Global business travel spending reached $1.33 trillion in 2017 and is forecast to advance another 7.1 percent in 2018. As this investment continues to rise, it’s increasingly important to help business travelers protect sensitive company information while they are in transit. The cost of neglecting this risk is high, as a single data breach costs an average of $3.62 million.
Travel buyers within large companies do more than negotiate supplier agreements. They set travel policies that can help reduce an organization’s risk. As such, both IT managers and travel buyers have an important role to play in data security. By coordinating efforts, they can ensure that business travelers are trained, equipped and updated on best practices to help keep personal and company information safe while traveling.
While most companies invest in IT security, a serious oversight in some companies is spending millions to protect their digital data while ignoring the threat of lower-tech hacking techniques. This risk is heightened for employees working while traveling, but it can be mitigated by educating travelers and providing resources to help protect data displayed on their screens.
The following are some measures designed to reduce the visual, verbal, digital and physical exposure of data, protecting key information and thwarting opportunistic hackers. These behaviors and tools can be incorporated into official practices and procedures by IT managers – and travel buyers can reinforce in communications.
Developing better situational awareness: Business travelers are their own first line of defense when it comes to data privacy and security. Whenever possible, they should try to position themselves in a way that limits what other people – or devices – can see, hear or record. They should consider multiple vantage points, including people above them (e.g., on balconies and upper levels) or within “zooming” distance, as well as the locations of security cameras.
Securing screens with privacy filters: Privacy filters help protect what’s on laptop or mobile device screens by blocking unauthorized side views – a particularly useful tool for travelers that spend a significant time in crowded waiting areas or in transit on planes, trains and ferries.
Locking devices when not in use: All computers and mobile devices should be password-protected as a basic security measure, but employees should be required to do so anywhere they access company information. This measure is only effective if they also make sure to lock the device whenever it is not in use – even for short periods of time.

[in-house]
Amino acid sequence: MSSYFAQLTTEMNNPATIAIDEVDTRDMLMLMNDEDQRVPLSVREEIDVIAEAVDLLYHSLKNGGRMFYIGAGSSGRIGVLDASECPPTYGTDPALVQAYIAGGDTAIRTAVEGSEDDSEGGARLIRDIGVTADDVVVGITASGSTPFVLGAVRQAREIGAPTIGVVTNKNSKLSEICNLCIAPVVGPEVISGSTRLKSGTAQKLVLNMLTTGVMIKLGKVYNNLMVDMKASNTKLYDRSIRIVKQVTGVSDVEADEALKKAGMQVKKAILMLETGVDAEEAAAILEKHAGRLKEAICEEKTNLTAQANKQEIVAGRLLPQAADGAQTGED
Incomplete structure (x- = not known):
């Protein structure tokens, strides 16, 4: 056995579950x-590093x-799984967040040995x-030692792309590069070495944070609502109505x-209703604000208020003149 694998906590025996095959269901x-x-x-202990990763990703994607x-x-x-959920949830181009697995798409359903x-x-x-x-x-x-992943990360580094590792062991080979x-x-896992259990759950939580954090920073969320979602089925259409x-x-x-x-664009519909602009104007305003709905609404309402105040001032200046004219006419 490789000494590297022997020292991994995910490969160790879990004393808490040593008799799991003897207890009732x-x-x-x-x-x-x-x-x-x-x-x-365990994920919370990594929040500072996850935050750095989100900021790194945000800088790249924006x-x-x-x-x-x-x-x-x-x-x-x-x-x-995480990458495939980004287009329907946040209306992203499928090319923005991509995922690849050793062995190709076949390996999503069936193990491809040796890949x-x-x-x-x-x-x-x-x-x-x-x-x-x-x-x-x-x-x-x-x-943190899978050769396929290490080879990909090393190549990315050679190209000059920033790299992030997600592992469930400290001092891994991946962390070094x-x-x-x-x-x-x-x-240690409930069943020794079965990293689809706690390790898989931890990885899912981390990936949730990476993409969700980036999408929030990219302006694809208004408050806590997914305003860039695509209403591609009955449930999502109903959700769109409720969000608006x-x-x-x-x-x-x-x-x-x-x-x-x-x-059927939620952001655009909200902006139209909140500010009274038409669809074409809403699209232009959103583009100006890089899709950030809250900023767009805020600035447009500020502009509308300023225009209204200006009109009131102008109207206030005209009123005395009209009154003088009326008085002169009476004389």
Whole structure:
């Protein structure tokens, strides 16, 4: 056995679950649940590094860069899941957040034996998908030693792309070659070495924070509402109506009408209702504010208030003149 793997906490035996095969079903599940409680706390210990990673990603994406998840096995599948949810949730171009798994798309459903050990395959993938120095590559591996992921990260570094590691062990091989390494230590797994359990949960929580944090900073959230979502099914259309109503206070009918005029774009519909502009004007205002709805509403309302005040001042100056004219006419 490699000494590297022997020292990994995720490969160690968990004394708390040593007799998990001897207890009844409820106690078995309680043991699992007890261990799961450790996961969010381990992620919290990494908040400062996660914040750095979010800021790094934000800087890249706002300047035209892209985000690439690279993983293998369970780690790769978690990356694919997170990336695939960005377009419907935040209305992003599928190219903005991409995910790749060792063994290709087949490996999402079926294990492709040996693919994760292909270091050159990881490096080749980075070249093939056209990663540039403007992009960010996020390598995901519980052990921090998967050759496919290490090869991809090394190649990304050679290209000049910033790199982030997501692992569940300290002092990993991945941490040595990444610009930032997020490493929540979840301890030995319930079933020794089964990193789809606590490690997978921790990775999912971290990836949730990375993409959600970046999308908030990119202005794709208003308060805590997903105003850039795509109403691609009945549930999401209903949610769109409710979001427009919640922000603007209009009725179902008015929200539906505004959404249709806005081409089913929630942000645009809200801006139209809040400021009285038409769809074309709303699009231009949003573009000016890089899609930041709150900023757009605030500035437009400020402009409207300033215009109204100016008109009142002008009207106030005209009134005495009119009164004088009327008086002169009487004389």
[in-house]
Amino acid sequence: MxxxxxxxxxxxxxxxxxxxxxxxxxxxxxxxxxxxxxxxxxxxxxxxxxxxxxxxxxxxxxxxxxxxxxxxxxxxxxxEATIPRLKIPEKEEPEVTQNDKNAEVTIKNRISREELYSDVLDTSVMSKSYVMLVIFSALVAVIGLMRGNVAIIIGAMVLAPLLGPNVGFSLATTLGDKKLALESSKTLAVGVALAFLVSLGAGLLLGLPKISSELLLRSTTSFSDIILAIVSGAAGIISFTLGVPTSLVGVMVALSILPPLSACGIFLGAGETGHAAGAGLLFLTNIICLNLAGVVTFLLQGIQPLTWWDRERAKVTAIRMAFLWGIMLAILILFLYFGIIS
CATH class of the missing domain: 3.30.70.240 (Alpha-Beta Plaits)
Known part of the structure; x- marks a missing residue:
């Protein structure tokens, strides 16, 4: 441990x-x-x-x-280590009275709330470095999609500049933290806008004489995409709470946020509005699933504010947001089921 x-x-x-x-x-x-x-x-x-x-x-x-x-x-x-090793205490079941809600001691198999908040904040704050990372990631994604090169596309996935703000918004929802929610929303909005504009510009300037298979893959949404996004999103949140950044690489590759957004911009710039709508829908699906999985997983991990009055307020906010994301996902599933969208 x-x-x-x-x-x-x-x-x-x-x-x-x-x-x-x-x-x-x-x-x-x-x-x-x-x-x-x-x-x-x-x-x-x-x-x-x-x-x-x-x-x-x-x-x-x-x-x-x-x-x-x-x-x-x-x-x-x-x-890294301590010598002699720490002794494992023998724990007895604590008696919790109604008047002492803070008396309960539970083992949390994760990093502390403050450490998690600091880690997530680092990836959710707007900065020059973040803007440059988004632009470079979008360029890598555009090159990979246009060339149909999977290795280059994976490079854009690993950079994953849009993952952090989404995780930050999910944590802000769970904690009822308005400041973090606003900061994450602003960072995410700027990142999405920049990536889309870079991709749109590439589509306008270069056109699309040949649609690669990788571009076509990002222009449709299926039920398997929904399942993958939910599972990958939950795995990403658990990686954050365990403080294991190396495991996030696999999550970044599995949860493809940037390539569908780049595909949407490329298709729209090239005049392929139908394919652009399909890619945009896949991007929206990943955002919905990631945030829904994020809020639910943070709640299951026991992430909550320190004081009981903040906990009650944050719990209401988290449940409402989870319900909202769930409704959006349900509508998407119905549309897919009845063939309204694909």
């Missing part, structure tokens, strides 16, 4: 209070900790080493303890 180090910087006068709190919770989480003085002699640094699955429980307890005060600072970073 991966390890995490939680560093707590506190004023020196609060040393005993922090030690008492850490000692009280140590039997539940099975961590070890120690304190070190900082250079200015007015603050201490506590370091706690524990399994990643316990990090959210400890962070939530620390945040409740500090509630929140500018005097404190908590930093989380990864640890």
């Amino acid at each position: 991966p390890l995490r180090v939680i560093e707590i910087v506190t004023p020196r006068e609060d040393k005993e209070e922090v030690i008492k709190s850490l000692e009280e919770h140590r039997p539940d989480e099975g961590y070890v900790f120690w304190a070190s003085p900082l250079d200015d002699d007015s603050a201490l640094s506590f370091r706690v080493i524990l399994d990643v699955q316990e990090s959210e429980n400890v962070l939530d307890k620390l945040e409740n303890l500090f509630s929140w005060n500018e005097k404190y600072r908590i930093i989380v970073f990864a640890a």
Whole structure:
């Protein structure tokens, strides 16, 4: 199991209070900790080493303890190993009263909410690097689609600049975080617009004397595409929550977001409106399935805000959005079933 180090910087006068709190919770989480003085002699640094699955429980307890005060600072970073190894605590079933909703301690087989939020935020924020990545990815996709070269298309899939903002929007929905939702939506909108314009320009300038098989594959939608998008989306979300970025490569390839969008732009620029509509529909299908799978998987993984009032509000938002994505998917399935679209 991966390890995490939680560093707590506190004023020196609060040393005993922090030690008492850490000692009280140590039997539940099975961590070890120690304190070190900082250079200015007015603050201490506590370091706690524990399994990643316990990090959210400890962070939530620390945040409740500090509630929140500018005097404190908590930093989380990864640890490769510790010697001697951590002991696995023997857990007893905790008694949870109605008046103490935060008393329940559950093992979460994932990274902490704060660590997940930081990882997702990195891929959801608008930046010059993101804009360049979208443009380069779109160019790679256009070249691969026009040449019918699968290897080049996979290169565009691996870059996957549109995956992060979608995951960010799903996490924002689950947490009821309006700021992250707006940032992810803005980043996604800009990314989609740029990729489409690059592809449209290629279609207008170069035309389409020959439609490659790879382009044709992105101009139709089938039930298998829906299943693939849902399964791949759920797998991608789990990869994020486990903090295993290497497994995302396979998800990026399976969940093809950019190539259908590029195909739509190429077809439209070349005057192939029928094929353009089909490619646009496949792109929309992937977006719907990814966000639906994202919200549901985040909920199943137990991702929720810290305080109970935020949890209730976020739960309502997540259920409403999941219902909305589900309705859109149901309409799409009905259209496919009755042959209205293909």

Implementing physical locks and alarms: Physically locking briefcases and carry-ons provides an extra layer of security against opportunistic snatch-and-grab incidents. In addition, laptop alarms are available that combine software with a physical alarm attached to the device. If the device is lost or stolen, the alarm goes off loudly.
Traveling with juice-jack protectors and personal charging devices: Juice-jack protectors can be attached to the end of a USB cord to help protect against skimmers when travelers are charging their devices in public places. If possible, providing personal charging devices to frequent travelers will limit their need to use public chargers at all.
Using portable Wi-Fi hotspots and/or a company VPN: Open or publicly-available Wi-Fi leaves travelers vulnerable to numerous methods of hacking. Ideally, frequent travelers should have their own personal hotspot device to access their own Wi-Fi, but a company VPN can also provide greater protection on an open network.
Carrying a travel-only laptop: This may not be possible for all travelers or companies, but providing laptops dedicated solely to travel, with the minimum amount of data needed for each trip, offers an advantageous way to limit access to sensitive information.
By working together and using all tools at their disposal, travel buyers and IT managers can help business travelers understand and prioritize their safety and security.